Just as he reached for the manipulator to adjust the telescope, he felt a pin prick in his neck and darkness overcame him. A deadly swish dart had found its target. A glimpse through a murky eye from the fog running in his head yielded a punishing hand wielding a bone whip. They reached a statue in the thicket, next to an overgrown column, and his captor, who he presumed to be a thicket guard, or thicket keeper, locked him in a rusty cage. There was a bird bowl and bird scales…was this a bird cage? A huge binding egg had been tossed in the corner. There appeared to be the remains of three prisoners scattered about the cage and the Knight could make out one other caged skeleton and one skeleton in shackles. This was his memento mori moment, when he wondered about the eternity flow of life and death, when a word of darkness or word of despair was all that ruled him.
It grew unbearably hot; each bead of sweat fell like a lava drop. Night was shivering cold and he had a winter dream where a winter idol, an ice monster with an ice beak, was pecking at him until his frozen body burst into a million pinpoints of light, like a star ribbon.
His sleepless captivity was torture and he was sure some faceless observer lurked about in the darkness. The guard neared the cage; he had one big eye and one dwarf eye and carried a berserk’s ax and a sinister staff topped with a predator head. Ancient thread of lore spoke of a twilight guide, a nocturnal blood seeker, a warlock. Was he about to become a symbol of sacrifice for some warlock’s ritual?
He saw a stranger’s badge, an executioner’s badge, unmistakable in its symbol of doom. He heard the loud blast of a minotaur’s horn (bereft of the actual minotaur) and saw the mighty fang and pack teeth of the twilight sabre-toothed tiger, the rage of the forest. Perhaps this would be a quick death. Silently, he pulled his leader’s blade from behind his boar skin cape, and with a bear’s fury, knowing it was his last hope, grabbed the living chest of the night mare before him. This bloodthirsty idol was the recipient of all his rage essence, a prism of retribution through which he vented every injustice from the time he first met Magus. The last strike was his fibula of rage stomping on the seal of ancient evil on the dwarf’s head. With that drop of force representing the Knight’s final stamp of justice, he released the guard. No longer bound for the sacrificial stone, he had just given himself a warlock pass and he would take this bloody secret to his grave. Almost instantly, the volume of fury assuaged.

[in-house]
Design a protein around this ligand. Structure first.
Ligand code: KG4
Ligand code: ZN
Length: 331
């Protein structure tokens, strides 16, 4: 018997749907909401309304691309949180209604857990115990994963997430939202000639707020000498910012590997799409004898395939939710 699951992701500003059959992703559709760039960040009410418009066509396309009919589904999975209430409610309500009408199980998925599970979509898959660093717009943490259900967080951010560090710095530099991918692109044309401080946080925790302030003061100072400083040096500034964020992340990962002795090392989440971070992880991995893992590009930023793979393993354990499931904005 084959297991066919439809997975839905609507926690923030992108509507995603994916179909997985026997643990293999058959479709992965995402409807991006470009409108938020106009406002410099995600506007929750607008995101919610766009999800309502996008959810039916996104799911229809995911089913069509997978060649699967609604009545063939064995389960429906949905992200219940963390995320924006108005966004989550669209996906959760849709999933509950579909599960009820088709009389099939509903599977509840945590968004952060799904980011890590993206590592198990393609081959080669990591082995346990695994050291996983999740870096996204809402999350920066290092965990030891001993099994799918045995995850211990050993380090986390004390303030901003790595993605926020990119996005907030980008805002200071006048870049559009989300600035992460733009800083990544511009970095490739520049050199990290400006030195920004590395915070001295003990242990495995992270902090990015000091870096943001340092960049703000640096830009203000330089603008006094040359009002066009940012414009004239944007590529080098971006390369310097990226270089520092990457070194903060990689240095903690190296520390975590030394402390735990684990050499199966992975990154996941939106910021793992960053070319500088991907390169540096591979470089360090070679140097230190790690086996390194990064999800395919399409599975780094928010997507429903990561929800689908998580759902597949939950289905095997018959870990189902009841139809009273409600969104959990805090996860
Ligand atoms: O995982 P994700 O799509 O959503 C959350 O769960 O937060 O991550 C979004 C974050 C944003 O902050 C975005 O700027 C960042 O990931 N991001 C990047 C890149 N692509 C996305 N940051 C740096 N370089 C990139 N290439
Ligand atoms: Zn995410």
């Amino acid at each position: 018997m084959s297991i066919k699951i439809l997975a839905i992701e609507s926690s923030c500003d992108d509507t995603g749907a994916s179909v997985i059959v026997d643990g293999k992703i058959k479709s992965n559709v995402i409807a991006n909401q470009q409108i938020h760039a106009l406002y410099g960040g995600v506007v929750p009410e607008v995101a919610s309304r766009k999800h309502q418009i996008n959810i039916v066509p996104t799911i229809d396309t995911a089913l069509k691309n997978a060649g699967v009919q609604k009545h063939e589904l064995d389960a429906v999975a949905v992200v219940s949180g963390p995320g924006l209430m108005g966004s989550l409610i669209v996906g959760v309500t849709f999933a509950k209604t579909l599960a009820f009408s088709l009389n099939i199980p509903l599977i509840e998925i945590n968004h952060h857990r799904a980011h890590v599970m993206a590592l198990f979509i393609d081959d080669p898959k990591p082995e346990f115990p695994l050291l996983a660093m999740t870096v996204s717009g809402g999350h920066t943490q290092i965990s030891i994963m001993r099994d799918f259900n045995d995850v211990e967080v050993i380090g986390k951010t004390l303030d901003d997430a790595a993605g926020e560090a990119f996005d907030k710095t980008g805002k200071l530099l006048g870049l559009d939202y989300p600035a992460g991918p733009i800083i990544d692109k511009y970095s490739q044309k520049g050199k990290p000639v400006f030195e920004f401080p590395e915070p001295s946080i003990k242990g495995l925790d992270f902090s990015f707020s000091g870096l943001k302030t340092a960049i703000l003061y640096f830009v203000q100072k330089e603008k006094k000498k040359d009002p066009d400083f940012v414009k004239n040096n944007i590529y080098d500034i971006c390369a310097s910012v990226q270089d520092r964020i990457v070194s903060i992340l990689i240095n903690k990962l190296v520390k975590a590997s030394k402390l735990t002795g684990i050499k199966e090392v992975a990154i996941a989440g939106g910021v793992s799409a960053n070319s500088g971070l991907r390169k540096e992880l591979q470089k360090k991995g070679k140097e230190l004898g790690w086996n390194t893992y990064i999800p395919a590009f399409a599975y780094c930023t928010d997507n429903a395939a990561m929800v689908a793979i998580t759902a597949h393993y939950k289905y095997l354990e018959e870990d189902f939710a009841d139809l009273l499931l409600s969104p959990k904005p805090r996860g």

After the Knight's cold fury had been spent, he saw a movement of life within the egg. Cautiously, he used his knife to cut the bindings and watched in awe as the most beautiful bird was born. It was huge, and its feathers swirled like a golden storm around the cage. As the bird grew, its size became too much for the confines of the cage, and it broke free. The mythical phoenix, an idol of rebirth, was standing before him. The bird was waiting for him. He carefully climbed each carved scale of the leg and then nimbly traversed the shaft of each feather until he was finally on top. Then the phoenix flight began.